IATA’s June air travel figures doubtful of recovery

While it comes as little surprise that passenger demand remains below figures seen pre-COVID-19, with airlines carrying just 20 per cent of 2019 levels recovery seems uncertain.


The International Air Transport Association (IATA) has noted a small improvement in June’s passenger data.

Yet, it will come as little surprise that demand remains significantly below pre-COVID-19 levels due to the restrictions still placed upon international travel. The data presented is in comparison to June 2019, which followed a normal demand pattern, before the impact of the pandemic was felt in 2020.

The passenger demand performance for June 2021 shows a very slight improvement in both international and domestic air travel markets. Total demand for air travel in June 2021, measured in revenue passenger kilometres (RPKs), was down 60.1 per cent compared to June 2019 – a small improvement over the 62.9 per cent decline recorded in May 2021 versus May 2019.

International passenger demand was 80.9 per cent below June 2019, an improvement from the 85.4 per cent decline recorded in May 2021 compared to two years earlier. All regions contributed to this slightly higher demand, with the exception of Asia-Pacific.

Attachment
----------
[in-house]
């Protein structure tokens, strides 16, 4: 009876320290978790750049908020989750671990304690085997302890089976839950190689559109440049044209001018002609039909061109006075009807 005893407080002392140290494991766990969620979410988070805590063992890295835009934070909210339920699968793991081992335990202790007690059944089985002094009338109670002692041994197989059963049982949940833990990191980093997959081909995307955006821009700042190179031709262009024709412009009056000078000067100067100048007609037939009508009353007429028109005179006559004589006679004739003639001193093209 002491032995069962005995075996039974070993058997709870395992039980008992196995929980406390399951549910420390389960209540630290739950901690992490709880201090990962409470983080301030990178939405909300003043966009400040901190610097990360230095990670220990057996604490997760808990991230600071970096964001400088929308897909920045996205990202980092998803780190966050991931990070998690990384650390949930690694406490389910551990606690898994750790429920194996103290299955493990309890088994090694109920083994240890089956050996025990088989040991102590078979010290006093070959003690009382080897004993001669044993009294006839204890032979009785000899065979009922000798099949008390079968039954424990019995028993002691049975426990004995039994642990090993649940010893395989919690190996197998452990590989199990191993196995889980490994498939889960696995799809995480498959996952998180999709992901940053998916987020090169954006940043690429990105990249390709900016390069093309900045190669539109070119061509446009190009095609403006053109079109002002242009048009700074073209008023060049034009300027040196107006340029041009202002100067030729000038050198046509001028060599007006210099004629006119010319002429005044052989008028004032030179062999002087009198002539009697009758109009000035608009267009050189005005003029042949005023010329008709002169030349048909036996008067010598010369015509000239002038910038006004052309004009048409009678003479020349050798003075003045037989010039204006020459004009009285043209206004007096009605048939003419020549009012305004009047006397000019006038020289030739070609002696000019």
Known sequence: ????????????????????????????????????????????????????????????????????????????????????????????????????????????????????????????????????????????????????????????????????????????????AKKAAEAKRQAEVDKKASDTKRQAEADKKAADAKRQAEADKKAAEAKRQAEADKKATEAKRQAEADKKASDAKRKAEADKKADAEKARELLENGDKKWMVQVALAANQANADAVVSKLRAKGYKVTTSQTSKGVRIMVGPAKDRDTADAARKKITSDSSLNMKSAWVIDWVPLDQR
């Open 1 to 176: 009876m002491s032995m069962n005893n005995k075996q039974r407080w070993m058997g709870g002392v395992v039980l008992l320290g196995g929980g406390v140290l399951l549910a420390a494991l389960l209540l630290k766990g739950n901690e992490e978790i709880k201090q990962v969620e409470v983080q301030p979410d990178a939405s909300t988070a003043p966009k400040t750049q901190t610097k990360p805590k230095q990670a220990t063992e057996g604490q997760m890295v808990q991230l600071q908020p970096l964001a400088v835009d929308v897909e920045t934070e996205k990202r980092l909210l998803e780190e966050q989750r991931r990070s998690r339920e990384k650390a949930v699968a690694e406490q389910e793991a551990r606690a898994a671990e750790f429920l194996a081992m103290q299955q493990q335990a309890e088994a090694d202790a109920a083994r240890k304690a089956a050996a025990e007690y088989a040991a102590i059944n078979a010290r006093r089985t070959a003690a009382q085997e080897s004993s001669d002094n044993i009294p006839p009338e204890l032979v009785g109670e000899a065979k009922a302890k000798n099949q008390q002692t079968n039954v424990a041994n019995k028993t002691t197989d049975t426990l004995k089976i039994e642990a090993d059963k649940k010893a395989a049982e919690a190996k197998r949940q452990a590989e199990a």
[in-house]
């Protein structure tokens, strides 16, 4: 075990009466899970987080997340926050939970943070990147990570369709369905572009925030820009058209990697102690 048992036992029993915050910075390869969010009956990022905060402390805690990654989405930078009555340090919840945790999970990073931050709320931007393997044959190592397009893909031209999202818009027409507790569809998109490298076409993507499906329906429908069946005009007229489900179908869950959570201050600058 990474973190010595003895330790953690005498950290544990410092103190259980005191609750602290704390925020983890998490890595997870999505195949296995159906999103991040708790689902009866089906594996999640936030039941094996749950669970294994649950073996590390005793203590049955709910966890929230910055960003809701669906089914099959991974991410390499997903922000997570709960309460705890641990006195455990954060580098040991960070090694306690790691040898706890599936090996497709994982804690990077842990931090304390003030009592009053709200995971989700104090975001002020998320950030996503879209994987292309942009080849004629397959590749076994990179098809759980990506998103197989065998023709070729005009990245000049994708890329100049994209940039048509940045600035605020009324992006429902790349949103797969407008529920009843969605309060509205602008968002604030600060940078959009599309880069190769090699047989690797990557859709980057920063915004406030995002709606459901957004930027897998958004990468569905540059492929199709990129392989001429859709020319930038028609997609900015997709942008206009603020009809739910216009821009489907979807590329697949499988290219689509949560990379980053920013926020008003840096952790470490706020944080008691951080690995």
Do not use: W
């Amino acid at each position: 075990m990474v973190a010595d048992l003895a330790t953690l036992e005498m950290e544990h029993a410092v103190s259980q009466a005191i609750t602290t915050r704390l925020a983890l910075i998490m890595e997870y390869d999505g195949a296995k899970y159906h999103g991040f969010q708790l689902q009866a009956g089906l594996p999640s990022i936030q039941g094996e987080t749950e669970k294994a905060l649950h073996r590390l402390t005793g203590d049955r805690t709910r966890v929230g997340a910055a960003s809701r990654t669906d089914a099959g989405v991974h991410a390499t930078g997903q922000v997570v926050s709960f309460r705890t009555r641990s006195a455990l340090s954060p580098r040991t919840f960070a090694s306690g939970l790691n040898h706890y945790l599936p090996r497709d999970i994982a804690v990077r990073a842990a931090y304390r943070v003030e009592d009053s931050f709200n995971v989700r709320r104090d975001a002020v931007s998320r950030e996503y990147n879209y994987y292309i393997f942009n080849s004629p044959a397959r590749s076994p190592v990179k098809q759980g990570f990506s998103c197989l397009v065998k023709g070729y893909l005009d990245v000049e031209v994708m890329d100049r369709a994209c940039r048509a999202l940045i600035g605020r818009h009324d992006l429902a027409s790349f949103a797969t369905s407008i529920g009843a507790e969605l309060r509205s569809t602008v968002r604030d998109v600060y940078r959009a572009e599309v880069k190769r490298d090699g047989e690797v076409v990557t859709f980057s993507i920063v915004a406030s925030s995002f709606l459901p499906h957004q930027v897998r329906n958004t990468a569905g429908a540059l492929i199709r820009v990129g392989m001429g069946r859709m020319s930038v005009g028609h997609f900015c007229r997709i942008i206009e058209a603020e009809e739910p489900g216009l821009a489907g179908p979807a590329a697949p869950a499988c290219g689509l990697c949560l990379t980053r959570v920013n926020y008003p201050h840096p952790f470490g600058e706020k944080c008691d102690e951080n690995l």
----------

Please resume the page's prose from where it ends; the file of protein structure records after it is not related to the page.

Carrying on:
Total domestic demand was down 22.4 per cent versus pre-crisis levels (June 2019), a slight gain over the 23.7 per cent decline recorded in May 2021 versus the 2019 period. The performance across key domestic markets was mixed, with Russia reporting robust expansion while China returned to negative territory.

“We are seeing movement in the right direction, particularly in some key domestic markets. But, the situation for international travel is nowhere near where we need to be,” commented Willie Walsh, IATA’s Director General.

“June should be the start of peak season, but airlines were carrying just 20 per cent of 2019 levels. That’s not a recovery, it’s a continuing crisis caused by government inaction,” Walsh continued.

“We are very close to losing another peak summer season on the important trans-Atlantic market. And the UK’s flip-flop to reinstate quarantine for vaccinated arrivals from France is the kind of policy development that destroys consumer confidence when it is most needed.”

Walsh believes that freedom of movement should be granted to vaccinated travellers, also stating that an efficient testing regime would provide a solution to effectively managing the risks for those who are unable to be vaccinated.

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